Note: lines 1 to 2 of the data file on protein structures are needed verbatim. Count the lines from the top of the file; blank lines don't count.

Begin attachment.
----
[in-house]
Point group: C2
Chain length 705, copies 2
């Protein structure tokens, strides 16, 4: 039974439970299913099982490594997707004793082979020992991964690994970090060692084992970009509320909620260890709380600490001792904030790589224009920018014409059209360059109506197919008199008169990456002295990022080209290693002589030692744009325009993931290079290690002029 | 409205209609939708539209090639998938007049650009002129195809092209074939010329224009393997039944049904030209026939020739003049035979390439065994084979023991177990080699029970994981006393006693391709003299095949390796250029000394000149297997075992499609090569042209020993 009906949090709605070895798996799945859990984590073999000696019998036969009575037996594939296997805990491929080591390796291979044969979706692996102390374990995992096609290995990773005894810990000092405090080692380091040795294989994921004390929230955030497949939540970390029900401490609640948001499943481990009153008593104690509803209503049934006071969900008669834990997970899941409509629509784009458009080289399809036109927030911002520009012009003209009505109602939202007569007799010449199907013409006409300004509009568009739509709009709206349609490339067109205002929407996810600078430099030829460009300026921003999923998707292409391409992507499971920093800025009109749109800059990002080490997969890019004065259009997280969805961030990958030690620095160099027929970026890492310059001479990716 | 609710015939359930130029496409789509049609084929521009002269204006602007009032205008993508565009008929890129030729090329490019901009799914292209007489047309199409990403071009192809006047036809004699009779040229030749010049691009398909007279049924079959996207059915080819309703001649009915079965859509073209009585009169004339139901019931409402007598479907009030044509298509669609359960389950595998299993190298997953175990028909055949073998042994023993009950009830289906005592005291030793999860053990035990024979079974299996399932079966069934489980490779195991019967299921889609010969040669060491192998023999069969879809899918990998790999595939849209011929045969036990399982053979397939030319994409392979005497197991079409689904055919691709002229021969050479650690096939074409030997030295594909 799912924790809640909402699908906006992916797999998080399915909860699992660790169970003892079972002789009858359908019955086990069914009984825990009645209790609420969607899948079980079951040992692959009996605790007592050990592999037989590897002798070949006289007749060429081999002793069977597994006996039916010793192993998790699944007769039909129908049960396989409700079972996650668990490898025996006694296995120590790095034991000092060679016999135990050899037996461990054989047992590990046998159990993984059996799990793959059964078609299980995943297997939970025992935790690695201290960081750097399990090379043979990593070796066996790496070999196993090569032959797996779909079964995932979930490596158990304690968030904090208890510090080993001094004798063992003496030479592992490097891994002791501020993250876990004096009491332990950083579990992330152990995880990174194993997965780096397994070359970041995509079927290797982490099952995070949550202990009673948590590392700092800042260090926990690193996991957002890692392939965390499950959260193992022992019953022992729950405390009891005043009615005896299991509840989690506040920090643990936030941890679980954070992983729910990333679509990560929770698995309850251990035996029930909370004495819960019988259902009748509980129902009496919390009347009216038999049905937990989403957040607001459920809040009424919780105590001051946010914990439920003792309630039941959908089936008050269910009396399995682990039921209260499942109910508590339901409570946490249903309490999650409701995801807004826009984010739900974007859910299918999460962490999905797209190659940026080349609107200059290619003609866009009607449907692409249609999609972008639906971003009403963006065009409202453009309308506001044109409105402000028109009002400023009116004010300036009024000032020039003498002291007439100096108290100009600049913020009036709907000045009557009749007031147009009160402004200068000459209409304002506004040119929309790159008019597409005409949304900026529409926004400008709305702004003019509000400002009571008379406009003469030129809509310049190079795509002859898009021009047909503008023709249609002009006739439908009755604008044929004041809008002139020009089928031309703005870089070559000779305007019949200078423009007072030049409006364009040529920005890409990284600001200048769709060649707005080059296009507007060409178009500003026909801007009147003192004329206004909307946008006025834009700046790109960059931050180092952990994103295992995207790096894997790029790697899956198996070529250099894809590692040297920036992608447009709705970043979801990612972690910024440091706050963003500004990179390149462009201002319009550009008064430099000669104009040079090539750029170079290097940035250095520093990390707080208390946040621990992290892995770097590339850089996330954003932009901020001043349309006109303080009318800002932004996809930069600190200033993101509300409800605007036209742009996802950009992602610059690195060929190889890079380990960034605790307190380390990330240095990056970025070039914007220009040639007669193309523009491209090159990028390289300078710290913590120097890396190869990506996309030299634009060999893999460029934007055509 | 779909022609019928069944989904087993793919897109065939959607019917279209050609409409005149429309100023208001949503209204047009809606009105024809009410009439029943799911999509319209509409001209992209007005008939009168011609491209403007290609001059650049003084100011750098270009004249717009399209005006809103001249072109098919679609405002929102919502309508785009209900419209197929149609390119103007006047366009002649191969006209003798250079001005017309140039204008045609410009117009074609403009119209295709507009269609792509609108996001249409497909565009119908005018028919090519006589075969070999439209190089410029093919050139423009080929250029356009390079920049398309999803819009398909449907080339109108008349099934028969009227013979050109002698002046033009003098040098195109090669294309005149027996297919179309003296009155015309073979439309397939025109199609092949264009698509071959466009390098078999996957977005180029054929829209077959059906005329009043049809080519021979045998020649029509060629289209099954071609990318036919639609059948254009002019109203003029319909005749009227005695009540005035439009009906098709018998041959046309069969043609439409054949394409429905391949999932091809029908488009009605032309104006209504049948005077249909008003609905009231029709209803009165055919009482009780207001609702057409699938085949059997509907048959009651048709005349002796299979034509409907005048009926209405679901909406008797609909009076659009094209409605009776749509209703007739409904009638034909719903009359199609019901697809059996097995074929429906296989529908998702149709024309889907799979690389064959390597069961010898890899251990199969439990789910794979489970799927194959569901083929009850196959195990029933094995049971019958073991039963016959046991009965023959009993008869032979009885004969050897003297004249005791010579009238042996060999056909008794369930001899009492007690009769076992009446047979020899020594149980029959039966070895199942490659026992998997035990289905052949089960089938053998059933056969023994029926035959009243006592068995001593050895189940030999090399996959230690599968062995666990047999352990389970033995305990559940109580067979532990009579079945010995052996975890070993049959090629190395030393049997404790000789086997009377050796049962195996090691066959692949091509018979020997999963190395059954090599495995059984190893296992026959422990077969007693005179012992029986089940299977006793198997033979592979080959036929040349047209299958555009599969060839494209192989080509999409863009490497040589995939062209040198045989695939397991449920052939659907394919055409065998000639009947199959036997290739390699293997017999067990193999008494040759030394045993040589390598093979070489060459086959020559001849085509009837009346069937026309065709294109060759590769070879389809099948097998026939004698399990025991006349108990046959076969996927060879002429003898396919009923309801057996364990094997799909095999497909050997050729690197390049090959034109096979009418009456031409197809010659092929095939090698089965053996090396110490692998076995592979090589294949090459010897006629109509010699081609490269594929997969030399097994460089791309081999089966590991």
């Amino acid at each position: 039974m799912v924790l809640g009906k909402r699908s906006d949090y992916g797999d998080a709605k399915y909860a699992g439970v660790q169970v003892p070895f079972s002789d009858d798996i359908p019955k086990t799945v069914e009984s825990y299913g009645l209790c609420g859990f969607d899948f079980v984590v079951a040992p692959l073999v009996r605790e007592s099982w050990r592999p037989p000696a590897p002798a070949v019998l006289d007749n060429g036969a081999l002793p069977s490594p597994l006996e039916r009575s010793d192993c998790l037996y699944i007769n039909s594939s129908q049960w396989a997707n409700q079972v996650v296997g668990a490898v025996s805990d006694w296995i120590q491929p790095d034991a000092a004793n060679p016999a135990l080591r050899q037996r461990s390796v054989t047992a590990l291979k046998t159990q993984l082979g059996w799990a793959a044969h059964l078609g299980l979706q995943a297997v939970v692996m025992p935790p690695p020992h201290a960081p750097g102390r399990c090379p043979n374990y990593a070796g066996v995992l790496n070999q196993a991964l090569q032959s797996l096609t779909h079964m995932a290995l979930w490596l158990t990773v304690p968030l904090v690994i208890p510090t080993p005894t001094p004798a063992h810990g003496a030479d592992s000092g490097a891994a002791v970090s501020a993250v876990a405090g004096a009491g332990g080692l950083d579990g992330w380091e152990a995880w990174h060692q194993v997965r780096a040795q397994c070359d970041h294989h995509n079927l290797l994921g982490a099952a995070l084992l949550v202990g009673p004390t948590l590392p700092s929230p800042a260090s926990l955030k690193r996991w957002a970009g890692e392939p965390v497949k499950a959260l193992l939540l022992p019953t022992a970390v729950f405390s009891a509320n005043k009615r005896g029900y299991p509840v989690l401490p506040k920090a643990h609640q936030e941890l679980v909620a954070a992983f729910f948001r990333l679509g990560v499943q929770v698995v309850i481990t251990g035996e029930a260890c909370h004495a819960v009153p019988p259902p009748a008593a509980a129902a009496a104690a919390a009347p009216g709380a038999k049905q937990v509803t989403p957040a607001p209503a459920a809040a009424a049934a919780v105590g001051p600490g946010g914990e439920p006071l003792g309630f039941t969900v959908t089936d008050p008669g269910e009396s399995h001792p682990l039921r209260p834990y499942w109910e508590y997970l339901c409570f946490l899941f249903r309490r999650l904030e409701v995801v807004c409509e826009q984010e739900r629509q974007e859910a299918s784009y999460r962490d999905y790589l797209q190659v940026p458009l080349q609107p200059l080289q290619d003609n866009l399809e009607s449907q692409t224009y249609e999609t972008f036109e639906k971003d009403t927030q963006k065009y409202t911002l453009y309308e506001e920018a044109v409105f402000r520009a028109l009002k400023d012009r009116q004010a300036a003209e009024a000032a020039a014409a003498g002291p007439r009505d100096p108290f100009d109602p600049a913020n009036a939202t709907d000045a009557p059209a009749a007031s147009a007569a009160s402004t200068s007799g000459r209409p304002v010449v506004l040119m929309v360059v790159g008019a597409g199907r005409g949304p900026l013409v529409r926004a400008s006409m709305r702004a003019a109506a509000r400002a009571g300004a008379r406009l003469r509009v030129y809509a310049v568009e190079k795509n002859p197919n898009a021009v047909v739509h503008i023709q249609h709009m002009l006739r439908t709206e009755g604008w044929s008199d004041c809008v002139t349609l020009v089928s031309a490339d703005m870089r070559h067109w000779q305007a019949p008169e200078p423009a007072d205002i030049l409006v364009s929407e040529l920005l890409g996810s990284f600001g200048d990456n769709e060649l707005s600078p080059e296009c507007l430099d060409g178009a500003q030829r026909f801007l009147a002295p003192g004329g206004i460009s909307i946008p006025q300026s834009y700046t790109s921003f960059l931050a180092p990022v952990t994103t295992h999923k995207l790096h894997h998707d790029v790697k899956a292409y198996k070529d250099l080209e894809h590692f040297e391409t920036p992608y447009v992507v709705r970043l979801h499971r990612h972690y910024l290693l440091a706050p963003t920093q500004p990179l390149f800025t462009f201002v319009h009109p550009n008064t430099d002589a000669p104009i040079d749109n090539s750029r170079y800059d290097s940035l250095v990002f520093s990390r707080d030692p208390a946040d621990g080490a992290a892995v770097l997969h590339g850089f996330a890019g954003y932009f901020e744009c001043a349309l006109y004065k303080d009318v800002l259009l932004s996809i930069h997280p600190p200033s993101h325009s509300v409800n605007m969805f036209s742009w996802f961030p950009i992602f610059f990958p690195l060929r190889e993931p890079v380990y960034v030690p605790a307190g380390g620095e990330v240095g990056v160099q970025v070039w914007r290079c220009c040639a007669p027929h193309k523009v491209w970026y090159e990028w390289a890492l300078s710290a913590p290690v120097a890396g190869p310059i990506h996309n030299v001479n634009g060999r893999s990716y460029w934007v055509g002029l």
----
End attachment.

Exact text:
[in-house]
Point group: C2